If you enjoyed the Rosie books by Graeme Simsion, you might enjoy this book. Samuel's interests are police procedures, baseball and the Beatles. His favorite song is Strawberry Fields Forever. It is one of my favorites but the top of my Beatles list is In My Life. What's yours?

Thursday, April 2, 2015

Review of Philip Kerr's The Lady from Zagreb

The Lady from Zagreb, by Philip Kerr (G. P. Putnam's Sons, April 7, 2015)

A good detective should always be honest, but not too honest

So says Bernie Gunther to a visiting Swiss detective (and crime fiction author) as Bernie produces from his pockets a bottle of pear schnapps and SS-etched glasses that he lifted from an stately home where he'd been a speaker at an international crime conference. Considering that the stately home had itself been appropriated from its owner by the SS, Bernie's pilfering seems only fair.

This latest 10th adventure of Bernie Gunther, cynical German gumshoe, takes place mostly in 1942, in Germany, Switzerland and Yugoslavia, with some flash-forwards to 1956 on the Côte d'Azur. The 1942 Bernie is back home in Berlin from his time in Smolensk as an investigator with the Wehrmacht War Crimes Bureau. (Yes, there really was such a thing––and no, of course the Nazis didn't investigate their own genocidal atrocities.)

Coming back to Berlin is a lot better than being in Smolensk, but it has its drawbacks. Bernie, no fan of public speaking, is coerced into giving that address at the international criminal conference. He's also once again summoned by Propaganda Minister Joseph Goebbels (whom Bernie calls––though rarely aloud––"Mahatma Propagandhi" or "Joey the Crip") to do a little job for him. The job is to travel to Yugoslavia to get a message to a certain Father Ladislaus from his long-lost daughter, who is now up-and-coming film starlet Dalia Dresner.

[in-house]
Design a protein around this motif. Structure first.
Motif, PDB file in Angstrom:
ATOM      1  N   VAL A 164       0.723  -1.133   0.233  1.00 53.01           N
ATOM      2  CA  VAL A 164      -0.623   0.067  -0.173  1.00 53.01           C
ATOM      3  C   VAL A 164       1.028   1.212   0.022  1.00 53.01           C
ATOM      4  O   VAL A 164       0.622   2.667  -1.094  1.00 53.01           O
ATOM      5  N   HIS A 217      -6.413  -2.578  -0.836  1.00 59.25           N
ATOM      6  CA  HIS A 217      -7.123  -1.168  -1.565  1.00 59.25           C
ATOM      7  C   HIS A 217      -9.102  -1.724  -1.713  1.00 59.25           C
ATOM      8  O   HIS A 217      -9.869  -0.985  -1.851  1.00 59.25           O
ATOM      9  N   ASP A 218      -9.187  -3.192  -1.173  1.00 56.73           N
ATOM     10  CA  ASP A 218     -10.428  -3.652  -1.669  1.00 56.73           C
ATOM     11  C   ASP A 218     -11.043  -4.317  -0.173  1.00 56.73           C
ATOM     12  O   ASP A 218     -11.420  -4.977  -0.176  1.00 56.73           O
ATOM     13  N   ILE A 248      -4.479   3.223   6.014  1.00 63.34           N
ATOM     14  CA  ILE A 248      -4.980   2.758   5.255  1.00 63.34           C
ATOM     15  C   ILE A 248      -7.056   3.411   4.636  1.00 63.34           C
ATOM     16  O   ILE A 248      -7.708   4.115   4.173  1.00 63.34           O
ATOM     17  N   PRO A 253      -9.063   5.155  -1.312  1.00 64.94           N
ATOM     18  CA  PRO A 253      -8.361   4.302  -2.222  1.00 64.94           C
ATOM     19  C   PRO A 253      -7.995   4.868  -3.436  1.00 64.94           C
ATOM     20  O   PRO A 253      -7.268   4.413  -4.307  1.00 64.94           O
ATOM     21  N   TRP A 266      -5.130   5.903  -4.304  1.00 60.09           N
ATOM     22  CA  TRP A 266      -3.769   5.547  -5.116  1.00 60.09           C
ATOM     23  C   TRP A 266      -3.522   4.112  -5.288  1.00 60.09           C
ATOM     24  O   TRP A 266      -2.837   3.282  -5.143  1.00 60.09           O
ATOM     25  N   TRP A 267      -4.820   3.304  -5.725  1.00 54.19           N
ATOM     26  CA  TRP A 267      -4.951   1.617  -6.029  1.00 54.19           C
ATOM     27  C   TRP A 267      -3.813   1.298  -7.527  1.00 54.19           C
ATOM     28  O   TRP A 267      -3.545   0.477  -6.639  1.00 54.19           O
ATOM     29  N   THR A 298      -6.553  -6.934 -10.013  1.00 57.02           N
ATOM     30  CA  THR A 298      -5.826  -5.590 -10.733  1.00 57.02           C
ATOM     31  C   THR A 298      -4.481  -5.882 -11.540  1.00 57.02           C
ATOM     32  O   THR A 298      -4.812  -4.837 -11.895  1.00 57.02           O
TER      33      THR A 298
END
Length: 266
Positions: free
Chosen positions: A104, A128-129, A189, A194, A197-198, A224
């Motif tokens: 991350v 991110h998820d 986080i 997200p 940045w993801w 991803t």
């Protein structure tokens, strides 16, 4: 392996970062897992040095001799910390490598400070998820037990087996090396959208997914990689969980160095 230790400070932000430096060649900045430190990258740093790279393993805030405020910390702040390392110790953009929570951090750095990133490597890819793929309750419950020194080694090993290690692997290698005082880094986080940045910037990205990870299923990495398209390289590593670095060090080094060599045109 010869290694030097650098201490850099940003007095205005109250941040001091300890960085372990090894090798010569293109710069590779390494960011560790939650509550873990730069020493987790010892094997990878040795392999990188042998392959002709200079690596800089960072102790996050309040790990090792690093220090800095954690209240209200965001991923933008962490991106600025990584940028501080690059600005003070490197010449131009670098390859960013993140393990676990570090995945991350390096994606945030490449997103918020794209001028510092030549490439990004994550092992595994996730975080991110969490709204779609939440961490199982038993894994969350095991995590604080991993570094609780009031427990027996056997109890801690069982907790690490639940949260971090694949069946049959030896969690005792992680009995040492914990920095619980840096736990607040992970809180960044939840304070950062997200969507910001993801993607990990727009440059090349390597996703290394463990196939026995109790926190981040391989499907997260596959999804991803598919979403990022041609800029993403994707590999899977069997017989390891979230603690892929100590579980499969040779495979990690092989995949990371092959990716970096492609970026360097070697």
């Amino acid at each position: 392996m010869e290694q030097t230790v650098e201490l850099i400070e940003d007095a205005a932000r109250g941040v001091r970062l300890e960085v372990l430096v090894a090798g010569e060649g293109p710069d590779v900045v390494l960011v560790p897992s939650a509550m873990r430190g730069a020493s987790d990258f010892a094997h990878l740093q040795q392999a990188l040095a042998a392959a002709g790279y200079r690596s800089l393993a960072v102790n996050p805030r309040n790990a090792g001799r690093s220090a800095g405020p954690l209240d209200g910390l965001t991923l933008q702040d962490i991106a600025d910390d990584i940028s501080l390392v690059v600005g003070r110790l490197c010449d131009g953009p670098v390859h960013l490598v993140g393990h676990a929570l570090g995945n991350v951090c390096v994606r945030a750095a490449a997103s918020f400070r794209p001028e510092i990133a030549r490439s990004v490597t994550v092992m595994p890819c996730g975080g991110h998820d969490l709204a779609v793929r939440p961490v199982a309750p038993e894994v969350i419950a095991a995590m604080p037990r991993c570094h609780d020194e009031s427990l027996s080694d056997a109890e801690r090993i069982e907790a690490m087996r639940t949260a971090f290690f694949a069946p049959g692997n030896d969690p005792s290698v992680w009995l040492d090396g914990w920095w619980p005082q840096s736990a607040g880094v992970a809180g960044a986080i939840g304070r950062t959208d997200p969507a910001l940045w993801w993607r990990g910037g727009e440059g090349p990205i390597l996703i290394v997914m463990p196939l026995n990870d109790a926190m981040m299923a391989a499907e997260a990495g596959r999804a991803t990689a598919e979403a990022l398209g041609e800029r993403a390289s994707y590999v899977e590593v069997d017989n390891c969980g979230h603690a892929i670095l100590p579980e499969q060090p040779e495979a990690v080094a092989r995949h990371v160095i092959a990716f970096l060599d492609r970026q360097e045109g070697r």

Kerr says he based the Dalia character in part
on film star––and inventor––Hedy Lamarr
Goebbels, whose serial lusts are legendary, has a yen for Dalia. Both Goebbels and Dalia are married and she has resisted his advances, even risking her future at the UFA film studios, which Goebbels controls. Goebbels insists Bernie should do this favor, thinking that Dalia's gratitude will make her agree to be Goebbels's latest inamorata. When Bernie meets Dalia, he's immediately smitten too and will do whatever she asks. Yes, even go to Yugoslavia. That's a tall order during the war, when the Nazis' allies, the Croatian Ustaše, were bloodily laying waste to Serbs and Jews, and every bend in the road could lead to an ambush by various flavors of partisans. Bernie's visit to Yugoslavia is brief, but possibly an even worse experience than Smolensk.

The plot thickens back in Berlin, with Goebbels "asking" Bernie to go to Switzerland on another Dalia-related errand, and SS spymaster Walter Schellenberg adding a side job that turns into a spy/counterspy drama worthy of a James Bond film. If you've read the Bernie Gunther books, you'll know that no matter how unrelated Bernie's two jobs appear, their paths will converge at some point, and the meeting will be explosive.